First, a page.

Thursday, May 19, 2016

Did you hear the one about the town of 184 residents, that had 7 cops? And they shot the fire chief in court... his 2nd time there that day to protest to the judge about speeding tickets. It's all true, and in Arkansas, as you'd expect

on the Tennessee Arkansas border, next to Memphis, 3 miles from the Mississippi River, is a tiny little 5 street town.

With 7 cops, that sat on the small highway 77...  and handed out speeding tickets. It's a 45 mph zone, with a 35 caution zone for curves in the road. A speed trap heaven for cops.

Where was the ticket money going? Police Dept wasn't making the payments on it's cop cars. The Fire Dept had a truck repo'd because city hall hadn't paid it's bill.

But when the fire chief went back to the courthouse to tell the judge what he thought about the 2nd speeding ticket he got that day... all 7 cops were there... and someone shot the unarmed fireman, in the back - in the hip - with a 40 cal.

It was anger over traffic tickets that brought Payne to city hall last week, said his lawyer, Randy Fishman. After failing to get a traffic ticket dismissed on Aug. 27, police gave Payne or his son another ticket that day. Payne, 39, returned to court to vent his anger to Judge Tonya Alexander, Fishman said.

It's unclear exactly what happened next, but Martin said an argument between Payne and the seven police officers who attended the hearing apparently escalated to a scuffle, ending when an officer shot Payne from behind.

Judge Alexander then voided all the tickets written by the department both inside the city and others written outside of its jurisdiction — citations that the department had no authority to write. Alexander then resigned from her position.,_Arkansas

Just days after being released from the hospital, Don Payne was fired as fire chief. His volunteer fire dept of 20 resigned after hearing about Payne’s termination.

Prosecutors say they plan to charge former Fire Chief Don Payne with battery on a police officer. The officer who shot him faces no charges.

But, as you'd expect... this isn't out of the ordinary in Arkansas... are you ready for this? Jericho was one of 3 small towns under investigation in it's county for money fraud in similar situations. The town of Jennette, also in Crittenden County and also under investigation, exemplifies the gross malfeasance at work in the area. It has a population of less than 150 and cannot account for $24,000 dollars in taxpayer funds.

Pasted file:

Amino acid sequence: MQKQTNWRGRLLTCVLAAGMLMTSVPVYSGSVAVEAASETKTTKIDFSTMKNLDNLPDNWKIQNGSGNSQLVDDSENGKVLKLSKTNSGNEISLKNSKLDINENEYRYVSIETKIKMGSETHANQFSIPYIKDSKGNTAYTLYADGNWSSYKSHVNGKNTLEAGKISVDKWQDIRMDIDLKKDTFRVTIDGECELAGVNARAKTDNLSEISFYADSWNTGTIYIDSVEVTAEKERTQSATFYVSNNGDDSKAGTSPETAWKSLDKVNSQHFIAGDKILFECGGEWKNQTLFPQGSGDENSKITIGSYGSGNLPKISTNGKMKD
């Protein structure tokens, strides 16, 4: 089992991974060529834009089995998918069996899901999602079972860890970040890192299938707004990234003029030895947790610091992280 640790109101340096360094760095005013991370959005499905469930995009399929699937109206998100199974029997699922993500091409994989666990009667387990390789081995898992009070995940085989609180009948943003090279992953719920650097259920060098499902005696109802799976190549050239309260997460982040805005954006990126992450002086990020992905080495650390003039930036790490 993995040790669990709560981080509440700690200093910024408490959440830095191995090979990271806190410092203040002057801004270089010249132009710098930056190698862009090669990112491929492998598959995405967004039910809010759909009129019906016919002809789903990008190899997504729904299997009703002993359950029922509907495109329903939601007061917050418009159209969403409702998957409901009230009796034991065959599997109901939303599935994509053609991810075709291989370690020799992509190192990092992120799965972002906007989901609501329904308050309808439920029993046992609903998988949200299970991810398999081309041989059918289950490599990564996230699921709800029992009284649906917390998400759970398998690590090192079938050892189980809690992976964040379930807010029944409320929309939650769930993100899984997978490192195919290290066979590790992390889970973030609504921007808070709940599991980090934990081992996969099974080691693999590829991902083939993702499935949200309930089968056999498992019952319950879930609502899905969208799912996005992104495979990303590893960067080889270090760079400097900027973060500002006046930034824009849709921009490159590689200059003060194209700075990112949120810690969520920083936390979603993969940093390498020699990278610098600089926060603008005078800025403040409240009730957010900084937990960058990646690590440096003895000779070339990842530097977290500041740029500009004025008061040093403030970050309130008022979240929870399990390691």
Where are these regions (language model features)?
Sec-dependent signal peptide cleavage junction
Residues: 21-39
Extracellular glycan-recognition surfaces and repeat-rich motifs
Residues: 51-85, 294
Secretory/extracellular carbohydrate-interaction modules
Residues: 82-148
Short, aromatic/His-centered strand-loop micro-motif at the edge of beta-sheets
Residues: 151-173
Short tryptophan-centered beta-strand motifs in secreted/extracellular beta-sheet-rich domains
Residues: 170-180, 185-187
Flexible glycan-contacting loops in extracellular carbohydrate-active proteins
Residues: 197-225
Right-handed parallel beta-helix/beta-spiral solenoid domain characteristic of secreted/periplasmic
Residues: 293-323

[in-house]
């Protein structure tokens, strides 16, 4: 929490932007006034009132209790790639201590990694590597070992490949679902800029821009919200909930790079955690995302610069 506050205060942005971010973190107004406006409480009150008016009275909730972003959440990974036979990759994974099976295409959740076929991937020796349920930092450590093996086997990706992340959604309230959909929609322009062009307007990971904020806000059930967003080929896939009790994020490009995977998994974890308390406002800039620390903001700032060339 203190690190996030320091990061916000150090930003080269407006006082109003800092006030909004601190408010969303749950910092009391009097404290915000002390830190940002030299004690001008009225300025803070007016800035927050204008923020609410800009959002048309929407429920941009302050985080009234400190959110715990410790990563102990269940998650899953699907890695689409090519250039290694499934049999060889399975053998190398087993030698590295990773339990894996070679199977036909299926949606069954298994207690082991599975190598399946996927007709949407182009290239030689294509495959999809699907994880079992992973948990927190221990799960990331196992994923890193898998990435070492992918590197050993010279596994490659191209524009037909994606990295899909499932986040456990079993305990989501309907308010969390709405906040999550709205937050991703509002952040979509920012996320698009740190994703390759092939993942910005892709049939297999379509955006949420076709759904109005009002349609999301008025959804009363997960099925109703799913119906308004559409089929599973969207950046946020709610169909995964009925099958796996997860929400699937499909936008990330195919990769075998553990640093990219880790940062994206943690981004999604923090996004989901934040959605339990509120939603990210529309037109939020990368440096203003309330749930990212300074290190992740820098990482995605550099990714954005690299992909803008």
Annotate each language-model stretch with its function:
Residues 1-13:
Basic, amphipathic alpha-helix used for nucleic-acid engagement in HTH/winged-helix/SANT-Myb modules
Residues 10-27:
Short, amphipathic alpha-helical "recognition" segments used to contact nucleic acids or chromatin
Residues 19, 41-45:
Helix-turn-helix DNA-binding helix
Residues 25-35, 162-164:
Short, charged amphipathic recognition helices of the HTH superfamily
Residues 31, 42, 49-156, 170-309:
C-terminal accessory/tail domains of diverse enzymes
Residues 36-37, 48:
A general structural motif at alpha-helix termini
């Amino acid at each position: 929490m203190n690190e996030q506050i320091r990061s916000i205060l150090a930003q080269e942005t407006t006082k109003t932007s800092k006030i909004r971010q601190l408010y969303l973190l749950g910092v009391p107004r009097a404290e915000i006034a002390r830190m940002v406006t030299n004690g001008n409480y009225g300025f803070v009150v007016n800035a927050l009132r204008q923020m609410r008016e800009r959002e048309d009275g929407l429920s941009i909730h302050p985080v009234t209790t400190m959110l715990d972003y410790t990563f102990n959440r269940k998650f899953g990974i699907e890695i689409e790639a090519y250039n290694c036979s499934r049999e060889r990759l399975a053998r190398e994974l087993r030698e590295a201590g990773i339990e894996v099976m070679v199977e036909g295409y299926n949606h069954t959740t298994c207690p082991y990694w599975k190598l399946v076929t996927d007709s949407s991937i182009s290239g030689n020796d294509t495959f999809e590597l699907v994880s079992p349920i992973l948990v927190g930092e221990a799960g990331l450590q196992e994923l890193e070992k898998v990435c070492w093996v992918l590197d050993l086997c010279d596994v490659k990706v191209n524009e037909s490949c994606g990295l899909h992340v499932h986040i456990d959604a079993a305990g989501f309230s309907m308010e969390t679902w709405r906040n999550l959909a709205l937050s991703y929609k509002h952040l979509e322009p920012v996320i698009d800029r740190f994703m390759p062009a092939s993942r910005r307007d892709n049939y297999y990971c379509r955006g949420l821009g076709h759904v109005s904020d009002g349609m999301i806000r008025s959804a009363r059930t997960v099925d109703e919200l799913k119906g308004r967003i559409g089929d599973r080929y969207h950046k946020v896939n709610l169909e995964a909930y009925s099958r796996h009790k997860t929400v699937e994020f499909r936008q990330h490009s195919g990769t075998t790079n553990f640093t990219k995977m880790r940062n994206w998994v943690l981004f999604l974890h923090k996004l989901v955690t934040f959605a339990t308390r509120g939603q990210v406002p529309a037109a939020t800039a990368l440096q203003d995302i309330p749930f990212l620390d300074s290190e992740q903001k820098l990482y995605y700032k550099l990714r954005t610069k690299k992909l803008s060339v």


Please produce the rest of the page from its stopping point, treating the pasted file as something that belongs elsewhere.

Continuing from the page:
Turrell Police Chief Greg Martin entered the home of city councilman Floyd Holmes and threatened him at gunpoint. Yes, the chief of police, sworn to protect and serve, pulling a gun on an unarmed councilman, and his wife, in the councilman’s own home. Why? Money. Just as in Jericho, Turrell’s mayor Franklin Lockhart is accused of hiding city funds. He even fired the city council, though he isn't legally able to do that.

An ABC news article also provided this interesting little tidbit: “This comes just two months after Mayor Lockhart asked a judge to place a lien against the members of town council in the amount of $600,000. The mayor claims council members owe the town because they haven’t performed their duties.”

To paraphrase Albert Nock’s deathless insight, government police forces don’t exist to eliminate crime, but rather to enforce a government monopoly on crime. Coleman Brackney embodies that principle with uncanny fidelity. This is to be expected of Arkansas, where there quite literally are no standards governing the qualifications and performance of police officers.

Practically any hominid who can drive a car, pull a trigger, and emit sounds that vaguely resemble the English language can be stuffed into a government-issued costume and exercise “authority” on behalf of the State of Arkansas.

A cosmetologist must complete a 2000 hour training... to cut and color hair. But a cop in Arkansas? 0 hours training.

"According to Arkansas state law, officers do not have to be certified for up to a year after they're hired," reported the Memphis Fox News affiliate in February 2010 – just a few weeks after Officer Brackney murdered James Ahern. "The Commission on Law Enforcement Standards and Training says they can get an 8 month extension on top of that. So for almost 2 years, an officer can patrol the streets, by his or herself, and enforce the law without having any kind of training."

1 comment:

  1. If the people of Arkansas don't care enough to actually do something about this in their state then about all the rest of us can do is stay the hell clear of Arkansas!